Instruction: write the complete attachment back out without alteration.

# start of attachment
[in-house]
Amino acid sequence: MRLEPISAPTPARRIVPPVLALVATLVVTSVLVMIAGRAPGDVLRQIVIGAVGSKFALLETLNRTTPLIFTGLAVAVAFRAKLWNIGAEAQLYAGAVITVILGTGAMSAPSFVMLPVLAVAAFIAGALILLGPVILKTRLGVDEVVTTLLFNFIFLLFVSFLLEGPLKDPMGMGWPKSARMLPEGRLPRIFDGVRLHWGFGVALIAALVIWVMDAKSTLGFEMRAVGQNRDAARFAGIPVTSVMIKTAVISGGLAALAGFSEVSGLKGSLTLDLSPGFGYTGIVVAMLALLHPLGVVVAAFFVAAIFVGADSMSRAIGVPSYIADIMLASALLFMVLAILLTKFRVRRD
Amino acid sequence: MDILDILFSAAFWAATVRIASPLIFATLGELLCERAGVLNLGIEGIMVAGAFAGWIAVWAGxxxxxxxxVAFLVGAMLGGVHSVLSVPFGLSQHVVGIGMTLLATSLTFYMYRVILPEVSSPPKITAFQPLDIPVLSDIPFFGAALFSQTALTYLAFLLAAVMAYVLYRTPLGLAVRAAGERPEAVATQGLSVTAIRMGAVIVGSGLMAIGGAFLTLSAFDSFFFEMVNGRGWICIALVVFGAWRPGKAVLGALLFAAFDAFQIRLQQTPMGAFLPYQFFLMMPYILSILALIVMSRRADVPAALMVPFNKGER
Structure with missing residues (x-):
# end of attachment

[in-house]
Amino acid sequence: MRLEPISAPTPARRIVPPVLALVATLVVTSVLVMIAGRAPGDVLRQIVIGAVGSKFALLETLNRTTPLIFTGLAVAVAFRAKLWNIGAEAQLYAGAVITVILGTGAMSAPSFVMLPVLAVAAFIAGALILLGPVILKTRLGVDEVVTTLLFNFIFLLFVSFLLEGPLKDPMGMGWPKSARMLPEGRLPRIFDGVRLHWGFGVALIAALVIWVMDAKSTLGFEMRAVGQNRDAARFAGIPVTSVMIKTAVISGGLAALAGFSEVSGLKGSLTLDLSPGFGYTGIVVAMLALLHPLGVVVAAFFVAAIFVGADSMSRAIGVPSYIADIMLASALLFMVLAILLTKFRVRRD
Amino acid sequence: MDILDILFSAAFWAATVRIASPLIFATLGELLCERAGVLNLGIEGIMVAGAFAGWIAVWAGxxxxxxxxVAFLVGAMLGGVHSVLSVPFGLSQHVVGIGMTLLATSLTFYMYRVILPEVSSPPKITAFQPLDIPVLSDIPFFGAALFSQTALTYLAFLLAAVMAYVLYRTPLGLAVRAAGERPEAVATQGLSVTAIRMGAVIVGSGLMAIGGAFLTLSAFDSFFFEMVNGRGWICIALVVFGAWRPGKAVLGALLFAAFDAFQIRLQQTPMGAFLPYQFFLMMPYILSILALIVMSRRADVPAALMVPFNKGER
Structure with missing residues (x-):